Gilman recalls, “At one point, there had been a kitchen for a restaurant constructed in one of the rooms we restored. When we took all of the kitchen equipment out, the floor broke up into basketball sized chunks of rammed ash, and it was just incredibly scary to walk across it. We had never heard of rammed ash before, so we were on a learning curve. Eventually, we made the decision to pull it out and put a whole new floor in. When we broke it apart, it smelled just like coal clinker.”
While some problems were resolved through the replacement of outdated materials, other structural issues were much more serious. Despite the reputation of excellent craftsmanship of bygone days, many of the original building standards were downright dangerous.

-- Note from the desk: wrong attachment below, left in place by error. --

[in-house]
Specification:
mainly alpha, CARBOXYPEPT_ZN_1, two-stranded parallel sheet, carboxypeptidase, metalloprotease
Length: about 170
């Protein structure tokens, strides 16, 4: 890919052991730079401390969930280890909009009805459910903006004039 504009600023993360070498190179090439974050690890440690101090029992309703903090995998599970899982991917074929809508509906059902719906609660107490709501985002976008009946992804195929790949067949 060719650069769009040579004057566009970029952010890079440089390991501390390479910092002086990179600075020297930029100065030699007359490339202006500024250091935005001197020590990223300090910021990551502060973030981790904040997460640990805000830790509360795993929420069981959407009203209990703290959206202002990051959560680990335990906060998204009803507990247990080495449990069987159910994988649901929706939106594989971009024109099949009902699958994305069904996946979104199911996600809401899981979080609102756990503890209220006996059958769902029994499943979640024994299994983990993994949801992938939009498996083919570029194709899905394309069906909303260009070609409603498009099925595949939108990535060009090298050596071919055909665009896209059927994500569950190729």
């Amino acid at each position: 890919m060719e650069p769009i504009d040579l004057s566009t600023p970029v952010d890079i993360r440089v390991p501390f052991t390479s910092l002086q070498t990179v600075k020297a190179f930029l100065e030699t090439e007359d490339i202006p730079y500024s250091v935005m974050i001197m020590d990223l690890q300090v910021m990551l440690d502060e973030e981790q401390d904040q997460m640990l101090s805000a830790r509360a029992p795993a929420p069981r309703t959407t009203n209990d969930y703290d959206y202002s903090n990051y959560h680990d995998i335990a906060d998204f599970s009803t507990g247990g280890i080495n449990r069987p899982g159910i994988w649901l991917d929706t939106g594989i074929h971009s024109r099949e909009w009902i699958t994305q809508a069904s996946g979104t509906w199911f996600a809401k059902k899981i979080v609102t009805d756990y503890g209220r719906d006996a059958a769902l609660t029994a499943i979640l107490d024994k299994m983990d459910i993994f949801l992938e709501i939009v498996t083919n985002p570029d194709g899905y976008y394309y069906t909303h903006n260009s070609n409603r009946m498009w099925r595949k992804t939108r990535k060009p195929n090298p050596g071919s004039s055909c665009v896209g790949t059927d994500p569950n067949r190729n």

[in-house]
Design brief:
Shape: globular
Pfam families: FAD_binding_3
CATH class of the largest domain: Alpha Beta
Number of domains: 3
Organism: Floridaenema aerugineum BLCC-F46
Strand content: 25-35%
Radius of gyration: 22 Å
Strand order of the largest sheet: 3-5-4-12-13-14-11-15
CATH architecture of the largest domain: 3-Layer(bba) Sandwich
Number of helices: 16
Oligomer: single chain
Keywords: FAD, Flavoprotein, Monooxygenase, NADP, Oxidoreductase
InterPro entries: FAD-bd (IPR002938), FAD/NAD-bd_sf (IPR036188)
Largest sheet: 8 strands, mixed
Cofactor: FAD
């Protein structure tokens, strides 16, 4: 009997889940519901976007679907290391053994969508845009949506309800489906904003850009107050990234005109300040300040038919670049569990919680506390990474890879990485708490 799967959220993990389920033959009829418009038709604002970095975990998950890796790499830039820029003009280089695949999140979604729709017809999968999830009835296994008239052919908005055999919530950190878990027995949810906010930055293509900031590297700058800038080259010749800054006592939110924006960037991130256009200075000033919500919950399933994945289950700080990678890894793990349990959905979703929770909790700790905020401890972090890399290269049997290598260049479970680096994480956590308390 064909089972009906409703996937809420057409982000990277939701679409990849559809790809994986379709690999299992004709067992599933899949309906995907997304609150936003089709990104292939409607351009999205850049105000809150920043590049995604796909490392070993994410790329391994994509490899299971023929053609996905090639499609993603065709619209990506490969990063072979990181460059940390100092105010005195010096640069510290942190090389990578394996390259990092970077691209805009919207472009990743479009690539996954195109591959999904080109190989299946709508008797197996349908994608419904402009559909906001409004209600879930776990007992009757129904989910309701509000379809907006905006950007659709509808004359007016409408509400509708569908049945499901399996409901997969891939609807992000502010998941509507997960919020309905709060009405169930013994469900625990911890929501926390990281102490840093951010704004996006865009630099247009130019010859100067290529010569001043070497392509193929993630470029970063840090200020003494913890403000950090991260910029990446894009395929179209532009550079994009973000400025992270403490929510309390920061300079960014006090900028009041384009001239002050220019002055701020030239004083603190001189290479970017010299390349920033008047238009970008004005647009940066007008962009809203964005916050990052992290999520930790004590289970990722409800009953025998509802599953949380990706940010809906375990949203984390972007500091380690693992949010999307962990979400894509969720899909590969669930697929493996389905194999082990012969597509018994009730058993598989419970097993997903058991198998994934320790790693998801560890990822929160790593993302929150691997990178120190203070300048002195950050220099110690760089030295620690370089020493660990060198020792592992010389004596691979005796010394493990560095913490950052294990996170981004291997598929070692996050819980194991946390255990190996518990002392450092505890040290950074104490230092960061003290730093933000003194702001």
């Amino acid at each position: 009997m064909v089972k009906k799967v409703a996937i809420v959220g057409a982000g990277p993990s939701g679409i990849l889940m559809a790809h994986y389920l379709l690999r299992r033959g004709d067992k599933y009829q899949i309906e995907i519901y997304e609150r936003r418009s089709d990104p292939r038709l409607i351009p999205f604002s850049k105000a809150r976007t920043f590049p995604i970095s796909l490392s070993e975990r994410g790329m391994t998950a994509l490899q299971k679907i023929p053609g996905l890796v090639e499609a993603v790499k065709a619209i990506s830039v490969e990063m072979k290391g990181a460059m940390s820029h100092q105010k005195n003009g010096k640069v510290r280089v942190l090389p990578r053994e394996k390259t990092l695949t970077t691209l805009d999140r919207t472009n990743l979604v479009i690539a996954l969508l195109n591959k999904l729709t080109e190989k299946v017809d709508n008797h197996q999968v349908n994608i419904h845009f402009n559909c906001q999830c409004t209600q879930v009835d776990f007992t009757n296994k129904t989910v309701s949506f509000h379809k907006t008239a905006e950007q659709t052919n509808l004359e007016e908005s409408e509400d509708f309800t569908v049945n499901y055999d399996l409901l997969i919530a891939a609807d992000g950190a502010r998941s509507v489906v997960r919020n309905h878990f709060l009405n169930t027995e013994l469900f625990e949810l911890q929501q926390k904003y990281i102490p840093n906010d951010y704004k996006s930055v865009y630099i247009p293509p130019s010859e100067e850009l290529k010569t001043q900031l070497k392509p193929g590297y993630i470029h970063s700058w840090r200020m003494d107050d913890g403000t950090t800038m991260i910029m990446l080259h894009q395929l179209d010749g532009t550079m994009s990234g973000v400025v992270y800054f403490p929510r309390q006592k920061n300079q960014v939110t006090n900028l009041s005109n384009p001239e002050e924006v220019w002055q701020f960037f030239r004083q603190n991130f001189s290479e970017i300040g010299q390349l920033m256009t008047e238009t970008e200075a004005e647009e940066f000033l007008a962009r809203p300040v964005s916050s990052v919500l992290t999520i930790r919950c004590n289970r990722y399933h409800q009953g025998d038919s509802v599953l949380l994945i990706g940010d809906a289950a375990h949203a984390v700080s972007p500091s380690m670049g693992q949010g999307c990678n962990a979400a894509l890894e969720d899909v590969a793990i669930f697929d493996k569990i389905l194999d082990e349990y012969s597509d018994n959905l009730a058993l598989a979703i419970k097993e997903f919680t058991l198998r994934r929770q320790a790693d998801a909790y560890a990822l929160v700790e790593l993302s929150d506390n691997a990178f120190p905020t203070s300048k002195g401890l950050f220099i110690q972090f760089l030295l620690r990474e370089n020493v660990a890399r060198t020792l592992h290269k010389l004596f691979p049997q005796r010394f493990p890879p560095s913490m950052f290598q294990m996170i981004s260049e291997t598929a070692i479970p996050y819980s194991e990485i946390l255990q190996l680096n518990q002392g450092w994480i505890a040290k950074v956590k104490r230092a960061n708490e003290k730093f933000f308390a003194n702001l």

“I always thought of the railroad as heavy industry,” says Gilman, “but you could not build that building today. It was amazing how poorly constructed it was and how we had to reinforce it and stabilize portions of it over and over again. It’s a safe, sturdy building now, but before our restoration, you could find one brick thick walls that went up 40′.”
Schlair confirms, “There were absolutely no life safety systems, in contrast to contemporary design and construction practices. We have a greater understanding of the behavior of materials, people, upkeep, maintenance needs, appearance, and durability, and technology. None of that was available in the past.”
Furthermore, the building was built in the days before other important conveniences and safety measures. For instance, “The front door was just an opening. We designed a glass wall to put in there, air conditioned the building, and made it ADA accessible. We added security cameras, smoke detectors, and all the modern things that were required. We also wired it for fiber optic into the central plant for disbursement in the building. It still has the look of a 1901 building, but it functions as a 2005 building,” says Gilman.